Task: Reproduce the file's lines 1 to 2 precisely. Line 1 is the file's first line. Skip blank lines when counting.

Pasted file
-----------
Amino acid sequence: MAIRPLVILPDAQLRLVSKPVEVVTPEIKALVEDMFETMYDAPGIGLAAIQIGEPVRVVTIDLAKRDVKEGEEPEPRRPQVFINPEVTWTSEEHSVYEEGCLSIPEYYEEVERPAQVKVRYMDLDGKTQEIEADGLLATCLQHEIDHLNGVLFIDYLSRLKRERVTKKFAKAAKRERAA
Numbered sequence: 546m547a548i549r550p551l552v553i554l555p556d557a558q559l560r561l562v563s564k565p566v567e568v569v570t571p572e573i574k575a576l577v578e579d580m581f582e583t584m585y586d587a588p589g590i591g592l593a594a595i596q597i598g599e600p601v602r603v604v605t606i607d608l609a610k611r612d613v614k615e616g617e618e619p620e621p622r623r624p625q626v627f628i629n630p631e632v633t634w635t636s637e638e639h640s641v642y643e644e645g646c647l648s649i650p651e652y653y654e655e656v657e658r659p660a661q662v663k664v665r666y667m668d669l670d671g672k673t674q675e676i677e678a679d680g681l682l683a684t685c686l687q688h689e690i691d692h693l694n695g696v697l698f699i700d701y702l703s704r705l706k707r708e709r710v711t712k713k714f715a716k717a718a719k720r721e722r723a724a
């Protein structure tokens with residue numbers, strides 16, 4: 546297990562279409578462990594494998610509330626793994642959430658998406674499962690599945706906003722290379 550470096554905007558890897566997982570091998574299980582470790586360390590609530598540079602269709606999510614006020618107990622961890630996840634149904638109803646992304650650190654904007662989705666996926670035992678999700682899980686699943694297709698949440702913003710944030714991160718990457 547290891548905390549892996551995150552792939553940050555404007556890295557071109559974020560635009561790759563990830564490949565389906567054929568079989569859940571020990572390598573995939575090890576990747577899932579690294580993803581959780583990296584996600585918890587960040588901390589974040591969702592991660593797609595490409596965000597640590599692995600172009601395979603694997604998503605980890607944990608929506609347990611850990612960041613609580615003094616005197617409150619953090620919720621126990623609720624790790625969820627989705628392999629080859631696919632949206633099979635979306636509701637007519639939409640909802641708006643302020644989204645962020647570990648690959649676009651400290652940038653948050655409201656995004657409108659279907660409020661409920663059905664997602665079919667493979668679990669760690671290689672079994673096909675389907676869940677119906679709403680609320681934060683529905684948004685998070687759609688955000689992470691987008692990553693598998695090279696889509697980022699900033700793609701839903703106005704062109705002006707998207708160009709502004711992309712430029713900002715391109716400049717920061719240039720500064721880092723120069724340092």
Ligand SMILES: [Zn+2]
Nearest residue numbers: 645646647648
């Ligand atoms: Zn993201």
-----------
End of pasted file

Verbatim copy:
Amino acid sequence: MAIRPLVILPDAQLRLVSKPVEVVTPEIKALVEDMFETMYDAPGIGLAAIQIGEPVRVVTIDLAKRDVKEGEEPEPRRPQVFINPEVTWTSEEHSVYEEGCLSIPEYYEEVERPAQVKVRYMDLDGKTQEIEADGLLATCLQHEIDHLNGVLFIDYLSRLKRERVTKKFAKAAKRERAA
Numbered sequence: 546m547a548i549r550p551l552v553i554l555p556d557a558q559l560r561l562v563s564k565p566v567e568v569v570t571p572e573i574k575a576l577v578e579d580m581f582e583t584m585y586d587a588p589g590i591g592l593a594a595i596q597i598g599e600p601v602r603v604v605t606i607d608l609a610k611r612d613v614k615e616g617e618e619p620e621p622r623r624p625q626v627f628i629n630p631e632v633t634w635t636s637e638e639h640s641v642y643e644e645g646c647l648s649i650p651e652y653y654e655e656v657e658r659p660a661q662v663k664v665r666y667m668d669l670d671g672k673t674q675e676i677e678a679d680g681l682l683a684t685c686l687q688h689e690i691d692h693l694n695g696v697l698f699i700d701y702l703s704r705l706k707r708e709r710v711t712k713k714f715a716k717a718a719k720r721e722r723a724a